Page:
7. Pace yourself. Don’t try and see everything in one day. Firstly, you’ll have time to appreciate and soak everything in and secondly, you won’t exhaust yourself.

8. Drink alcohol in moderation. Not only is alcohol dehydrating, it also disrupts sleep, so it is best to keep the number of alcoholic drinks you consume to a minimum. You don’t need to avoid them completely but do drink sensibly.

Santorini salad with sweet local tomatoes, cucumber, feta cheese, olive and capers

9. Avoid too many carbohydrates and red meat. When I eat out I find it hard to resist ordering a burger or steak and chips if it’s on the menu, but I find eating too many carbs, such as pasta or potato, or too much meat, makes me sluggish and lethargic. So I often look out for vegetarian or vegan restaurants as their menus tend to be healthier. I also like to buy fruits, vegetables and salads from a supermarket for picnics or snacks. It doesn’t matter if I don’t have a kitchen, although having a plastic plate and cutlery is handy. It not only saves money, but it helps me to eat healthier meals in between dining out. Eating vegetarian is better for the planet too!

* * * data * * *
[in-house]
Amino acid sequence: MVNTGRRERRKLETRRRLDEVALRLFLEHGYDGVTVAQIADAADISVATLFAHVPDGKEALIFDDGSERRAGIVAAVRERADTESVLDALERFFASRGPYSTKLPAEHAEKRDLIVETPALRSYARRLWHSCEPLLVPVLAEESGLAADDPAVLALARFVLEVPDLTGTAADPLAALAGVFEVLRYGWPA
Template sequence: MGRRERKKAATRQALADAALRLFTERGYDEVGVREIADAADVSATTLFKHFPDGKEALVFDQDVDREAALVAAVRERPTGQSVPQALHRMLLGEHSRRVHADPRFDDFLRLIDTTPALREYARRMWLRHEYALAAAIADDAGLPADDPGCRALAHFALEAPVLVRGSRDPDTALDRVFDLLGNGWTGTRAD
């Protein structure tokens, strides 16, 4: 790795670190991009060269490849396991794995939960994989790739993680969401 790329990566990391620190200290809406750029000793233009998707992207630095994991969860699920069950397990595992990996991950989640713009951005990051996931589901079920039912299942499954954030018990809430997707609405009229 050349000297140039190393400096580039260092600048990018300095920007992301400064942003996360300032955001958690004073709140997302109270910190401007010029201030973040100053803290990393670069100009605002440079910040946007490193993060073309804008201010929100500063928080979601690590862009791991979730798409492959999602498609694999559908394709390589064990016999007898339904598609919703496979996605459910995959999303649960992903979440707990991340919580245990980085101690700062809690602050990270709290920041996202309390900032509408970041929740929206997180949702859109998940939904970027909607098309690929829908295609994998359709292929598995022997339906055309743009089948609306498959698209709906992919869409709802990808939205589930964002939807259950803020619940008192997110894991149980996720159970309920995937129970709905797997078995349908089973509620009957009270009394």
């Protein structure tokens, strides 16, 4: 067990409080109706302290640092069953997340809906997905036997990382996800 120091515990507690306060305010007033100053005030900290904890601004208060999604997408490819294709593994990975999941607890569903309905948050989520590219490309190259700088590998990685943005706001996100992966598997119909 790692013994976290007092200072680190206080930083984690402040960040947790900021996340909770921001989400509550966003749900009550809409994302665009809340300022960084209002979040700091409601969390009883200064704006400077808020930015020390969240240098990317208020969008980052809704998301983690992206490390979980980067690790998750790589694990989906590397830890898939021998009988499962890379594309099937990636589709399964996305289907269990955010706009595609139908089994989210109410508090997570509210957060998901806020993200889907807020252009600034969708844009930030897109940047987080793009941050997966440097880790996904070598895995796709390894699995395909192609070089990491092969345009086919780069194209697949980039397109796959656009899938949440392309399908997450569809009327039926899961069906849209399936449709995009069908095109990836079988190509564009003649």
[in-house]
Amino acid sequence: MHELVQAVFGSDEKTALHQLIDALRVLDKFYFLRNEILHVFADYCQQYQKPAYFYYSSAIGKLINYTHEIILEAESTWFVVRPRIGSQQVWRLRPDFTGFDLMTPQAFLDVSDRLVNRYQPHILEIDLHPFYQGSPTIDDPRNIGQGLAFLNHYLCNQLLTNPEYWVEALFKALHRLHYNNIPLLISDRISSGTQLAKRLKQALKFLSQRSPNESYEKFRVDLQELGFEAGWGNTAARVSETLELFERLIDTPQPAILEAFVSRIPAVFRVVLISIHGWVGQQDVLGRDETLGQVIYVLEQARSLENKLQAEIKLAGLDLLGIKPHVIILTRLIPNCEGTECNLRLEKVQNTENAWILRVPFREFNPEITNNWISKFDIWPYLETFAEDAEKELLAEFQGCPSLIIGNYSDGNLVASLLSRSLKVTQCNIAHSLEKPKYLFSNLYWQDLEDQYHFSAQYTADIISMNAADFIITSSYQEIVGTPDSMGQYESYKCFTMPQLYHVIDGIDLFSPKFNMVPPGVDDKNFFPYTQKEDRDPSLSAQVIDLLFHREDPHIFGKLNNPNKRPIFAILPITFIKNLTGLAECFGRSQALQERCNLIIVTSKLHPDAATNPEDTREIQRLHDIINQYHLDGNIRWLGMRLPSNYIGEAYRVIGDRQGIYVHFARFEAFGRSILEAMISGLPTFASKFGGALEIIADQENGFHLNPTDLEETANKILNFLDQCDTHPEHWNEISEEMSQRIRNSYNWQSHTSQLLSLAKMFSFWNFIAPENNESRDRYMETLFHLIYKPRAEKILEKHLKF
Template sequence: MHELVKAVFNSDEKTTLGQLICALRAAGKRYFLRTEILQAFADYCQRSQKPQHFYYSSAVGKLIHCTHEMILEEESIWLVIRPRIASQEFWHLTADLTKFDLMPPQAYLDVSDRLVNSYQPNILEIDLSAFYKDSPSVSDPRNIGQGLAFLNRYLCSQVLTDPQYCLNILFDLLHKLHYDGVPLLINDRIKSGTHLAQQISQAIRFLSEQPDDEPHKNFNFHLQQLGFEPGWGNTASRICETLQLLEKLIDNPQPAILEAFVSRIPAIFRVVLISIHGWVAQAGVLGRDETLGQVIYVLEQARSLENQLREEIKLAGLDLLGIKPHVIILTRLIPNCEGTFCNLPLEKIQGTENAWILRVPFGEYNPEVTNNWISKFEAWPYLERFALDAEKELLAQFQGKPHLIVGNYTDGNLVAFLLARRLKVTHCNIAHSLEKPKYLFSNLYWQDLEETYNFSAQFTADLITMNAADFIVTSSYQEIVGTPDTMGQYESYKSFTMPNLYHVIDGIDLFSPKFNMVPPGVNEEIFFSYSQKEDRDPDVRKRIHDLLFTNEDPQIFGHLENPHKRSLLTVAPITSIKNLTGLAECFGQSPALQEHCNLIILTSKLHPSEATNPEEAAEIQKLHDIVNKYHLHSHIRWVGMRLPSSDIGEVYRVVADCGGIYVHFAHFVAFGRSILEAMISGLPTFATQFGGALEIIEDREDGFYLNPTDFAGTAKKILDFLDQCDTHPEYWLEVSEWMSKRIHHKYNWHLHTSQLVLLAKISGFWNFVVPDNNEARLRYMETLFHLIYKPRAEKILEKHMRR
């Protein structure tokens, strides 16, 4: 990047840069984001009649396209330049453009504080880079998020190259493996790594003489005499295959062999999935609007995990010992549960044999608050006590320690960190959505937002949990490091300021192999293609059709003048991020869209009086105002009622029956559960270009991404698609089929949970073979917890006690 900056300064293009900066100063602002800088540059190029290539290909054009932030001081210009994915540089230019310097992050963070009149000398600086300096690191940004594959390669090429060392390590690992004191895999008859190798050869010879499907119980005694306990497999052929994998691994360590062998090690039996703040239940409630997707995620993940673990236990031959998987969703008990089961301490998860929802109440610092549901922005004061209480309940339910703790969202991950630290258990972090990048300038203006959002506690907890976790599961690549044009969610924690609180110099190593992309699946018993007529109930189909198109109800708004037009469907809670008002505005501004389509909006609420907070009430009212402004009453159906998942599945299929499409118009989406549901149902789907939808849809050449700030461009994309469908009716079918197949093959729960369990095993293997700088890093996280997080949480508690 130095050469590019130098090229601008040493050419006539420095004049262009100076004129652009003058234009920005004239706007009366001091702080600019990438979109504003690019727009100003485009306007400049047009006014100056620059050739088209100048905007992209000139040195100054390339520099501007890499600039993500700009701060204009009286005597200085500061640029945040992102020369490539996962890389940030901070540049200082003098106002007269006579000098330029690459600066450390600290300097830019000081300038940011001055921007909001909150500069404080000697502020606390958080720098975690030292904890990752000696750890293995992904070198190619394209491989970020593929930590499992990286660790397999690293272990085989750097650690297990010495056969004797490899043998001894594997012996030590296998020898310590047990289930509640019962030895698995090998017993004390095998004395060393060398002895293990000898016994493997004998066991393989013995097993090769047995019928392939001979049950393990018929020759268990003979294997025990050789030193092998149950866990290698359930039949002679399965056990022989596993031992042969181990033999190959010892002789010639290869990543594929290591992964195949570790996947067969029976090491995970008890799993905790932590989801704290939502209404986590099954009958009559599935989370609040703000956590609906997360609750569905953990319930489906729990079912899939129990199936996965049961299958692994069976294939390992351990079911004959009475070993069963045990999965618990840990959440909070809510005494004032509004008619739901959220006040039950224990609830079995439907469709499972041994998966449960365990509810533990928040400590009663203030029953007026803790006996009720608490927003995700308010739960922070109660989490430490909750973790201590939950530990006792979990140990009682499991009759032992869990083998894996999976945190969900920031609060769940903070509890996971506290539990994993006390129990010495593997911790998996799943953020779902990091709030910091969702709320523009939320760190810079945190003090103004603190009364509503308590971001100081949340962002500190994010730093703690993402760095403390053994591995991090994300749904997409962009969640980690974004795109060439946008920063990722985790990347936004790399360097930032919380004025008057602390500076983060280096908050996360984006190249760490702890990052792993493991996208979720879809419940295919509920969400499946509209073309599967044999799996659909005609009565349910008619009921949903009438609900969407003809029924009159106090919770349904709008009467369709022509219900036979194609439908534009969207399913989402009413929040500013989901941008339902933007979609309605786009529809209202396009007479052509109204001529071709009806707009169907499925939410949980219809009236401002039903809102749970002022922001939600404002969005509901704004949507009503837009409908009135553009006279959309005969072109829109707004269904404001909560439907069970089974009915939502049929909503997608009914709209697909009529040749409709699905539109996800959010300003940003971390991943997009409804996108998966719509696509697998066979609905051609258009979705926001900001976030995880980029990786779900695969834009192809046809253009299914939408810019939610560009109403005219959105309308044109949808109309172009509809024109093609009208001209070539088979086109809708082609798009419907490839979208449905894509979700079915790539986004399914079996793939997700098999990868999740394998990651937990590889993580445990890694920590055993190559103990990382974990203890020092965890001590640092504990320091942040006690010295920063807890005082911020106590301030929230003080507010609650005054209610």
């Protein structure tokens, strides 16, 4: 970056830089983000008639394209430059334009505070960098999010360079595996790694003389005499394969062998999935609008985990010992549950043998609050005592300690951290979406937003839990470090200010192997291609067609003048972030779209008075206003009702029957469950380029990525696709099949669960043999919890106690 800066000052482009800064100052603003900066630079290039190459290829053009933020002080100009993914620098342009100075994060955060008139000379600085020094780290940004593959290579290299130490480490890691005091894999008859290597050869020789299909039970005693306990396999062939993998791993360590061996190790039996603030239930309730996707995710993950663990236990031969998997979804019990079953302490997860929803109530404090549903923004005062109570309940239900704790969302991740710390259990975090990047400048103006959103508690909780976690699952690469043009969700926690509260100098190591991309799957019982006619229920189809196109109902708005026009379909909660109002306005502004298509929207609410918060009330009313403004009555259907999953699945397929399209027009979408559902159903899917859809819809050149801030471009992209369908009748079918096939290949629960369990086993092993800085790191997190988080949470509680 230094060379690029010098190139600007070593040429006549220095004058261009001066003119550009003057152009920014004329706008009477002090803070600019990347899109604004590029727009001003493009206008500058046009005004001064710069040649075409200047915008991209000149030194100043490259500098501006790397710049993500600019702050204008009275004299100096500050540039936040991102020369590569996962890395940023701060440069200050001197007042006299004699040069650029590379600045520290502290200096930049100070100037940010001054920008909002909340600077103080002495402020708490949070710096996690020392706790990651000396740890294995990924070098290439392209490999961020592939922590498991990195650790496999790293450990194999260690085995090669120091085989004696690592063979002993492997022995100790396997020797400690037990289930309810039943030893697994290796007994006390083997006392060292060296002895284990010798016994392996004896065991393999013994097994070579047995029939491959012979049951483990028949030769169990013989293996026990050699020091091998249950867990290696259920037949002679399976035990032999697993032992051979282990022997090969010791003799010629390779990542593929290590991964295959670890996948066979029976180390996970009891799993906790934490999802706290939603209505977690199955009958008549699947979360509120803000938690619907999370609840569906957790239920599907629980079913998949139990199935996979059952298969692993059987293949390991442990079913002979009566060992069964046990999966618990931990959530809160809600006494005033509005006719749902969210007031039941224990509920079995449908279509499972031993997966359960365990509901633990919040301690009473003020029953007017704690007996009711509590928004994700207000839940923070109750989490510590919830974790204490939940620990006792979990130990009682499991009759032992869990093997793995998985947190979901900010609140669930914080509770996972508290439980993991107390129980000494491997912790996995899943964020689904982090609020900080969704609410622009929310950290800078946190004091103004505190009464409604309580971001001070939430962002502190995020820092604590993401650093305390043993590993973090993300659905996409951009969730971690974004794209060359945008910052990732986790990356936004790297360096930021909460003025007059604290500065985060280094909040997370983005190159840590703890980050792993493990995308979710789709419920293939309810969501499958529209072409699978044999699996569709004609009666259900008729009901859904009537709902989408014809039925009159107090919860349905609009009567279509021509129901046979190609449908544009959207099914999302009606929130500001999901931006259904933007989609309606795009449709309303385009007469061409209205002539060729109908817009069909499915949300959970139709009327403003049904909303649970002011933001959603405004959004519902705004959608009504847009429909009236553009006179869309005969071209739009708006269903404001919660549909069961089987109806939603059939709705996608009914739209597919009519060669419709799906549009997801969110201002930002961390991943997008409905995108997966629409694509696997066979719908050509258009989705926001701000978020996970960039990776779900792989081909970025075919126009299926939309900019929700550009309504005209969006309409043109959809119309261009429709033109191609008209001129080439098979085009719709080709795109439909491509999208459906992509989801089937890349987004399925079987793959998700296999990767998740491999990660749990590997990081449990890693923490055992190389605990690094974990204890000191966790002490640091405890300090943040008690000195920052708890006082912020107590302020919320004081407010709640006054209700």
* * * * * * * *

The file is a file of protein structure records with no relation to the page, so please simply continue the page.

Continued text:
10. Protect your skin and eyes from harmful UV light but don’t forget your skin needs some sunlight to produce vitamin D. Make sure your sunglasses offer protection against both UVA and UVB light and wear sun cream with a high protection factor. Don’t forget that this is also necessary when skiing or hiking in the snow, as the snow’s reflective properties make the UV rays even more powerful. However, you should also be aware that there is an increase in recent years in the numbers of people suffering from vitamin D deficiency. This may be due to their skin not get enough exposure to the sun as they are always wearing sun cream.

Today here in the UK, there is a growing number of people who are older, healthier and wealthier, taking a grey gap year and are looking for more interesting experiences and more active holidays, often in more exotic locations. If you are not already, aim to be one of them! That’s my retirement plan.

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Enjoy your 'grey gap year' sialnd hopping in Greece

As we all know, retirement doesn’t look how it used to. For those of you itching to take that long trip – trekking in Machu Picchu, exploring India’s Golden Triangle and island hopping in Greece – this can be your reality, too. Aviva is here to help you seize your retirement – making trip planning simple and putting you in control of your adventure.

Recommended for youTop 10 really useful Solo Travel Tips for the over-50s by The Quirky Traveller

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Top 10 health tips for the 50-plus traveller (and the rise of the grey gap year).